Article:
Tara Desroches is a teacher at St. Mary’s and has seen the positive psychological transformation the program has made on her students.

    “They realize they can do it. They realize with enough determination and practice they’re capable of performing in a triathlon. Something they weren’t able to do at the beginning of the year. It builds confidence,” Desroches said.

    “I’m so proud of them. They accomplished more than they thought they could and at the end of the day they got to meet new kids and learned a new sport they can do forever,” Pedersen explained.

    Despite a few bumps and bruises, all of the girls say they’re going to continue training for triathlons. Proving the experience not only kept them active, but it showed them they’re capable of overcoming life’s obstacles if they put their minds to it.

Vancouver dragon boaters furious after charter boat interrupts race in False Creek

Organizers of the Concord Pacific Vancouver Dragon Boat Festival are renewing their call to limit boat traffic in False Creek after an uninvited entry crashed the competition this weekend.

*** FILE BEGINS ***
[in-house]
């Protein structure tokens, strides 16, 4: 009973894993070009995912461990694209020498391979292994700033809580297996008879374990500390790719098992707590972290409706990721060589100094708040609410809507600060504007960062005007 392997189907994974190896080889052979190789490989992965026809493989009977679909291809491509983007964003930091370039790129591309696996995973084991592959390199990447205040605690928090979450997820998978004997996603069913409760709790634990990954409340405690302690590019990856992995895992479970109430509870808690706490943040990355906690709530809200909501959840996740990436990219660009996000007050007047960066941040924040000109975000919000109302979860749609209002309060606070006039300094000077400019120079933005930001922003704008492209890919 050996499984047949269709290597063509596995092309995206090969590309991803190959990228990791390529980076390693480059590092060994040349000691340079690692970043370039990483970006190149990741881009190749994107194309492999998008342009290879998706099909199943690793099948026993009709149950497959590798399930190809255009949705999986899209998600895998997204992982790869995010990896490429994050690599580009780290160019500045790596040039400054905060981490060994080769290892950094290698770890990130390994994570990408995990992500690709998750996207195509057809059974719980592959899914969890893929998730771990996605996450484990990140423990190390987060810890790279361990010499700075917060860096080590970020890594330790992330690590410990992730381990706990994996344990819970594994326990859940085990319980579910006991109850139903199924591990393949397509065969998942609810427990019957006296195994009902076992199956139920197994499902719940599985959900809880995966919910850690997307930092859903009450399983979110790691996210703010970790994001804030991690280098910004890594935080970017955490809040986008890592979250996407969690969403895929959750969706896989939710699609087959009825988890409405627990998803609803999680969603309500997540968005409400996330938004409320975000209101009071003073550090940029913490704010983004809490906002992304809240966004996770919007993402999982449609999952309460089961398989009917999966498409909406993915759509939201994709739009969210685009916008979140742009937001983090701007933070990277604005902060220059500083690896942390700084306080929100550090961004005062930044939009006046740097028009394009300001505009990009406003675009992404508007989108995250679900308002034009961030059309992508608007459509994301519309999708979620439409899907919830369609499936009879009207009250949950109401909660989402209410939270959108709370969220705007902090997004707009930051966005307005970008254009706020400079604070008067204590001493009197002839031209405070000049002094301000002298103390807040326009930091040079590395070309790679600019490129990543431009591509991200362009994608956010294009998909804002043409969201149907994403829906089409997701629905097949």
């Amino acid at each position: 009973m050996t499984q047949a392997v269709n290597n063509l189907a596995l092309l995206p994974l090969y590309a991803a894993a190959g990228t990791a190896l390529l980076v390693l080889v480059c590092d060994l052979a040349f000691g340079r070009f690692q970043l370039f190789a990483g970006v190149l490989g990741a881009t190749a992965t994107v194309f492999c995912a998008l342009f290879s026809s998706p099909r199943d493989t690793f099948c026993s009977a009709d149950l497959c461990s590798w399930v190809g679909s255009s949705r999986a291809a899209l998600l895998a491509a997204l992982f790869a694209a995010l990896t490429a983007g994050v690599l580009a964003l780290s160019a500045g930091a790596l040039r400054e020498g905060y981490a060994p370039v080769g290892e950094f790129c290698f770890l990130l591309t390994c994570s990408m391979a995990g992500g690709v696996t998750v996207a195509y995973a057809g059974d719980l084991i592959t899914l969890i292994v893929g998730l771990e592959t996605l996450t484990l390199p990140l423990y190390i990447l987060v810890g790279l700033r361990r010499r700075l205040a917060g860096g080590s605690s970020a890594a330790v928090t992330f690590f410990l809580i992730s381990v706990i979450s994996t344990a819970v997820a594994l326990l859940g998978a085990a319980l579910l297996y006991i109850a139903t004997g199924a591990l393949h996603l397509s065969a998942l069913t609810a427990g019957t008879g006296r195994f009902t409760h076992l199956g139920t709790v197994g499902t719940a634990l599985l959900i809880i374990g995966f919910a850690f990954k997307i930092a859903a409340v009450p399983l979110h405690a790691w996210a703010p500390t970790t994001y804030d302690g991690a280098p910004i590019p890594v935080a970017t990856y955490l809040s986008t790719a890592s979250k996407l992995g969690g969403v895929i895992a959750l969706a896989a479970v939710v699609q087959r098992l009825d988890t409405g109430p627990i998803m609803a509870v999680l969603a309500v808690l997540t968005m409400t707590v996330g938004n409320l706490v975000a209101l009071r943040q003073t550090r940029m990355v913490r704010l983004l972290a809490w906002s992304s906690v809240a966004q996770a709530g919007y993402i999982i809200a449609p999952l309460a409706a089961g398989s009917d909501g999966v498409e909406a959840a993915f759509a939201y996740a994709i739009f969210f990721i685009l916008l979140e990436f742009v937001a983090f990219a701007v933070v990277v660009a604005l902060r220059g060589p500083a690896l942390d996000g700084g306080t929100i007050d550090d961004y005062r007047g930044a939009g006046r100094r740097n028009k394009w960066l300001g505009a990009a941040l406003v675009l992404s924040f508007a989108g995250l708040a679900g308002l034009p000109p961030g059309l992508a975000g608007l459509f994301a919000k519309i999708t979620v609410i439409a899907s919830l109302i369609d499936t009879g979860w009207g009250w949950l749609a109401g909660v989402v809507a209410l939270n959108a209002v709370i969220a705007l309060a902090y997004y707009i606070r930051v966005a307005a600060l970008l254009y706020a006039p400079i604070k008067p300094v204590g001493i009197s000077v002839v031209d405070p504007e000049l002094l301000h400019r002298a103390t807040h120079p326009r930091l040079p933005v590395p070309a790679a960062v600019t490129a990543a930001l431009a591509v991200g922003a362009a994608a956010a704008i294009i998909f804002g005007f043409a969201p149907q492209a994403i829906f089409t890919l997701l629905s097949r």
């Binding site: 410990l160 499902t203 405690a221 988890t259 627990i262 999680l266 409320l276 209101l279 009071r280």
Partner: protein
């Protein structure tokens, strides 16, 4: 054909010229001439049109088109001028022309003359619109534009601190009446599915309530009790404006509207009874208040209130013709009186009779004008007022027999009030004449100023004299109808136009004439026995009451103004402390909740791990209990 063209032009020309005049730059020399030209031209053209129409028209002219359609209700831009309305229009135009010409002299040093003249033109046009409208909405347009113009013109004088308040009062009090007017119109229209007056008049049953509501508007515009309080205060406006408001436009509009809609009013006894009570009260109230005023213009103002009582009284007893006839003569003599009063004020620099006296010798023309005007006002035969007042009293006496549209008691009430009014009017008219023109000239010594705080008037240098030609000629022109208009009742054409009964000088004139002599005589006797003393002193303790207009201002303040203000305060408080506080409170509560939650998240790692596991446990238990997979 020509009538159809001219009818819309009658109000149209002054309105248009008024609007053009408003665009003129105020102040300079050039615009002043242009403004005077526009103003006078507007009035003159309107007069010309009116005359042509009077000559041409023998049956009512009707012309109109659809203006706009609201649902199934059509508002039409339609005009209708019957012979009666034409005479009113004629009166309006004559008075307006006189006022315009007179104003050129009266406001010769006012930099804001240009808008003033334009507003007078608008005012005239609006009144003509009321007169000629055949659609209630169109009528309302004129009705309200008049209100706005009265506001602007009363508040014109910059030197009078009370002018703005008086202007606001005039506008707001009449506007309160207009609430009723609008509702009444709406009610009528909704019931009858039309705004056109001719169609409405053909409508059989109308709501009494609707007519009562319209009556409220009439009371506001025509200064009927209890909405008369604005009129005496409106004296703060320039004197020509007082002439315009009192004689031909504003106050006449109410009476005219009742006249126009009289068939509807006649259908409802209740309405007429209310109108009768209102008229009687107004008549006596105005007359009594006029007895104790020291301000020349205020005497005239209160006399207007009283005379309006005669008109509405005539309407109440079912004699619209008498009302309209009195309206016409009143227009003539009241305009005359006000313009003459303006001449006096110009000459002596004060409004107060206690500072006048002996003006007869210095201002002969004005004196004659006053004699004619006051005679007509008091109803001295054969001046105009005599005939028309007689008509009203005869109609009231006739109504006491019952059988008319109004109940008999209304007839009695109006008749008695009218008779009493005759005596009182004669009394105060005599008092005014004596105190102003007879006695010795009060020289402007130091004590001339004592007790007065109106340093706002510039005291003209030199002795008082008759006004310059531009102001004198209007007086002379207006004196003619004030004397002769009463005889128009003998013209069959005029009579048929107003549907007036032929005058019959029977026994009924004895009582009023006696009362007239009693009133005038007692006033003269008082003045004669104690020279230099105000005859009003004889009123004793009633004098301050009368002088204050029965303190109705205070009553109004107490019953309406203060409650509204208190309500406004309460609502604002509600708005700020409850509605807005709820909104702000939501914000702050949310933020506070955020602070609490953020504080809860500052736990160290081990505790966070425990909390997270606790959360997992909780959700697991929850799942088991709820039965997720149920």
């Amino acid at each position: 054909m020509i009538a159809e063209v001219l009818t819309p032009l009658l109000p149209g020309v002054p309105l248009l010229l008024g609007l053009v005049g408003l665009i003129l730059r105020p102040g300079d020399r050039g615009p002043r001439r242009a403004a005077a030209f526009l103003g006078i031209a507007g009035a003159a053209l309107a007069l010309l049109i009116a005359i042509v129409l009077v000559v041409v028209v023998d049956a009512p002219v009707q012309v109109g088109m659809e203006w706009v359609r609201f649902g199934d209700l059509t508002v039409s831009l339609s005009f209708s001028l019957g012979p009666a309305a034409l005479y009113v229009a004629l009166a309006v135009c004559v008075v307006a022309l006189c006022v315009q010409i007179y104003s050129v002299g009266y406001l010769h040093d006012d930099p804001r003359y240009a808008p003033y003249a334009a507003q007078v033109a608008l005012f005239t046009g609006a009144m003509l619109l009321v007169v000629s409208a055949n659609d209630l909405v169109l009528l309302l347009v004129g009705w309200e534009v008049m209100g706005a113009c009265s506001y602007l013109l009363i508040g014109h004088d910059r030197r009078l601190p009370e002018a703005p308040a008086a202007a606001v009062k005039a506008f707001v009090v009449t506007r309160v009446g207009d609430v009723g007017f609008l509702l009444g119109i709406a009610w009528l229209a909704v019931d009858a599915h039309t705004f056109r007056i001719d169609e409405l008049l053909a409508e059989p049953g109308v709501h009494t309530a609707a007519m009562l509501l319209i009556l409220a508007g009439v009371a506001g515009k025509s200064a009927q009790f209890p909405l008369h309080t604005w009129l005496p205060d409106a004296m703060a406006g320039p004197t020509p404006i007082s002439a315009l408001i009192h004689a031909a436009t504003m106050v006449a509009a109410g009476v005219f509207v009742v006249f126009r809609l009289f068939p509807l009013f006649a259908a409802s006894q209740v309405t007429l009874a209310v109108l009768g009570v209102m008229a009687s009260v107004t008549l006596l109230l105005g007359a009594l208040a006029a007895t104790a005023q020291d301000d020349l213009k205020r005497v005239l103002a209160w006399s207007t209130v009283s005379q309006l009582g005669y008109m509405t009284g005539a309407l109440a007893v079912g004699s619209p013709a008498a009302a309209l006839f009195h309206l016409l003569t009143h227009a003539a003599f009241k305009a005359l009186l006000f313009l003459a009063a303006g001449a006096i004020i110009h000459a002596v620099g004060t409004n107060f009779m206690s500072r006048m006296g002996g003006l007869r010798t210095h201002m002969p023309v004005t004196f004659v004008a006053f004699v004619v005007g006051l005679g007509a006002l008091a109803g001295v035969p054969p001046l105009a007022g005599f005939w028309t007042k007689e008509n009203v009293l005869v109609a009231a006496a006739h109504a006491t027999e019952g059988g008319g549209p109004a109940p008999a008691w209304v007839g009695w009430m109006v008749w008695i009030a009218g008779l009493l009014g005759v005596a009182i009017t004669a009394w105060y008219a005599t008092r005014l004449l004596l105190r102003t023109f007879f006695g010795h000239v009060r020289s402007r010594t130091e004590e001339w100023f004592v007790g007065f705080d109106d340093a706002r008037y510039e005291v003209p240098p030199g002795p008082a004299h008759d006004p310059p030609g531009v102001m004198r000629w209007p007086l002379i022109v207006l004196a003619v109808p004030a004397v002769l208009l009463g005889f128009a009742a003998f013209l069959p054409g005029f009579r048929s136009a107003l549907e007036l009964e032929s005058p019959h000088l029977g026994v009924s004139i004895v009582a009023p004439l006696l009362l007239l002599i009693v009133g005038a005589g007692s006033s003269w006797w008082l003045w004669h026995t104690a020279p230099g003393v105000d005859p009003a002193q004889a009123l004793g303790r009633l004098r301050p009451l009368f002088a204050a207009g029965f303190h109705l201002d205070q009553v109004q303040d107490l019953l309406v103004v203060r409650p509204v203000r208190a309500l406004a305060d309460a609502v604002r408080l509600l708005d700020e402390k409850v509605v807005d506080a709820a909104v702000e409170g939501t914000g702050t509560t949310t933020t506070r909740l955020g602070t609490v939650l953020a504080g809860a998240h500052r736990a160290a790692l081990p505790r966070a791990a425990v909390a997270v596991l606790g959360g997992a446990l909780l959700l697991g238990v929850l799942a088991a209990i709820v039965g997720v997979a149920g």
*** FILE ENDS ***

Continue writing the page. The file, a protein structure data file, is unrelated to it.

A large charter vessel ran right into the middle of the course during a 2,000-metre race on Saturday.

“Unfortunately during our final race of the day, the women’s Guts & Glory, a local charter operator, chose to power across the course even when given the opportunity to get out of the way of our athletes,” Dragon Boat BC wrote on their Facebook page.

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Fortunately no one was injured.

Festival organizers filed a police complaint against the charter operator.

“We think that his actions were reckless,” Anita Webster of the Concord Pacific Vancouver Dragon Boat Festival said.

“On the waterways…the right of way goes to the non-motorized vessel. He was in the thick of a lot of non-motorized vessels and not obeying the rules of the road.”